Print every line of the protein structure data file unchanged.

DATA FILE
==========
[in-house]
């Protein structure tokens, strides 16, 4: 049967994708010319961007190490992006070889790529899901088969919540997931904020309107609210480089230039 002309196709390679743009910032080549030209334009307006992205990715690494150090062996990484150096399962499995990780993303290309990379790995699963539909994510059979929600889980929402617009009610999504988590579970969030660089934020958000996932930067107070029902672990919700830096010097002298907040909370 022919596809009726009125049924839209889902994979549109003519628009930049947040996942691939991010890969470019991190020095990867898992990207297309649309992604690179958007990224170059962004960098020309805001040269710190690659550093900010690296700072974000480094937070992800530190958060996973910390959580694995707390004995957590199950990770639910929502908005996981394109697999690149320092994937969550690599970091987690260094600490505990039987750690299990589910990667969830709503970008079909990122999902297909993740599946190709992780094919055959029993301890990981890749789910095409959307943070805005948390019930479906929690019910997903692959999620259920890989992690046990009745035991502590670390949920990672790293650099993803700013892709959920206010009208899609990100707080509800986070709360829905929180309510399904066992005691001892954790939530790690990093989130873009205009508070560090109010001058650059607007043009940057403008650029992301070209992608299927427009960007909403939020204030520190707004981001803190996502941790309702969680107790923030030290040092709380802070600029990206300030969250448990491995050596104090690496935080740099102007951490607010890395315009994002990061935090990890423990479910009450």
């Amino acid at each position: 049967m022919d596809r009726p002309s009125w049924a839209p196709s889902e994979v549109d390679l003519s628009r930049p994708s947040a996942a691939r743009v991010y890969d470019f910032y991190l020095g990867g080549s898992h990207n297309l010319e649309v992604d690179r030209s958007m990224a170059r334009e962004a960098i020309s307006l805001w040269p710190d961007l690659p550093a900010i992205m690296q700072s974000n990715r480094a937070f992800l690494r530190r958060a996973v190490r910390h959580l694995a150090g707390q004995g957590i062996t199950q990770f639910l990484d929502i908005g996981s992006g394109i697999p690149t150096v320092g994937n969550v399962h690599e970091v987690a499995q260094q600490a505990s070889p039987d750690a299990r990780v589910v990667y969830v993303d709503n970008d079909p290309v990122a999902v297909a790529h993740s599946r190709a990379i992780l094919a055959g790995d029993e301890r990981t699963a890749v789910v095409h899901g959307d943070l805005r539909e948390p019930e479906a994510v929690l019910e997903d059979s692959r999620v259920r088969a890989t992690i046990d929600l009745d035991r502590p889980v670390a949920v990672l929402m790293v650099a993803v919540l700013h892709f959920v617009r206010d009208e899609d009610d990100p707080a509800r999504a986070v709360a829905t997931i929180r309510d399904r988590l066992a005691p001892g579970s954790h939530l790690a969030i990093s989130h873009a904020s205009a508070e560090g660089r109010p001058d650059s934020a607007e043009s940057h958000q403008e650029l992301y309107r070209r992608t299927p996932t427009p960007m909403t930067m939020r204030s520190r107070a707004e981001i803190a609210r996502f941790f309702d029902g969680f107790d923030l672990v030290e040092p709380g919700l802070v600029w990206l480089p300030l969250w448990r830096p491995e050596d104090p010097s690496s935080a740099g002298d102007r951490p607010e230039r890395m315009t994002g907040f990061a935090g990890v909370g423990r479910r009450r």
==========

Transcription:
[in-house]
């Protein structure tokens, strides 16, 4: 049967994708010319961007190490992006070889790529899901088969919540997931904020309107609210480089230039 002309196709390679743009910032080549030209334009307006992205990715690494150090062996990484150096399962499995990780993303290309990379790995699963539909994510059979929600889980929402617009009610999504988590579970969030660089934020958000996932930067107070029902672990919700830096010097002298907040909370 022919596809009726009125049924839209889902994979549109003519628009930049947040996942691939991010890969470019991190020095990867898992990207297309649309992604690179958007990224170059962004960098020309805001040269710190690659550093900010690296700072974000480094937070992800530190958060996973910390959580694995707390004995957590199950990770639910929502908005996981394109697999690149320092994937969550690599970091987690260094600490505990039987750690299990589910990667969830709503970008079909990122999902297909993740599946190709992780094919055959029993301890990981890749789910095409959307943070805005948390019930479906929690019910997903692959999620259920890989992690046990009745035991502590670390949920990672790293650099993803700013892709959920206010009208899609990100707080509800986070709360829905929180309510399904066992005691001892954790939530790690990093989130873009205009508070560090109010001058650059607007043009940057403008650029992301070209992608299927427009960007909403939020204030520190707004981001803190996502941790309702969680107790923030030290040092709380802070600029990206300030969250448990491995050596104090690496935080740099102007951490607010890395315009994002990061935090990890423990479910009450």
């Amino acid at each position: 049967m022919d596809r009726p002309s009125w049924a839209p196709s889902e994979v549109d390679l003519s628009r930049p994708s947040a996942a691939r743009v991010y890969d470019f910032y991190l020095g990867g080549s898992h990207n297309l010319e649309v992604d690179r030209s958007m990224a170059r334009e962004a960098i020309s307006l805001w040269p710190d961007l690659p550093a900010i992205m690296q700072s974000n990715r480094a937070f992800l690494r530190r958060a996973v190490r910390h959580l694995a150090g707390q004995g957590i062996t199950q990770f639910l990484d929502i908005g996981s992006g394109i697999p690149t150096v320092g994937n969550v399962h690599e970091v987690a499995q260094q600490a505990s070889p039987d750690a299990r990780v589910v990667y969830v993303d709503n970008d079909p290309v990122a999902v297909a790529h993740s599946r190709a990379i992780l094919a055959g790995d029993e301890r990981t699963a890749v789910v095409h899901g959307d943070l805005r539909e948390p019930e479906a994510v929690l019910e997903d059979s692959r999620v259920r088969a890989t992690i046990d929600l009745d035991r502590p889980v670390a949920v990672l929402m790293v650099a993803v919540l700013h892709f959920v617009r206010d009208e899609d009610d990100p707080a509800r999504a986070v709360a829905t997931i929180r309510d399904r988590l066992a005691p001892g579970s954790h939530l790690a969030i990093s989130h873009a904020s205009a508070e560090g660089r109010p001058d650059s934020a607007e043009s940057h958000q403008e650029l992301y309107r070209r992608t299927p996932t427009p960007m909403t930067m939020r204030s520190r107070a707004e981001i803190a609210r996502f941790f309702d029902g969680f107790d923030l672990v030290e040092p709380g919700l802070v600029w990206l480089p300030l969250w448990r830096p491995e050596d104090p010097s690496s935080a740099g002298d102007r951490p607010e230039r890395m315009t994002g907040f990061a935090g990890v909370g423990r479910r009450r």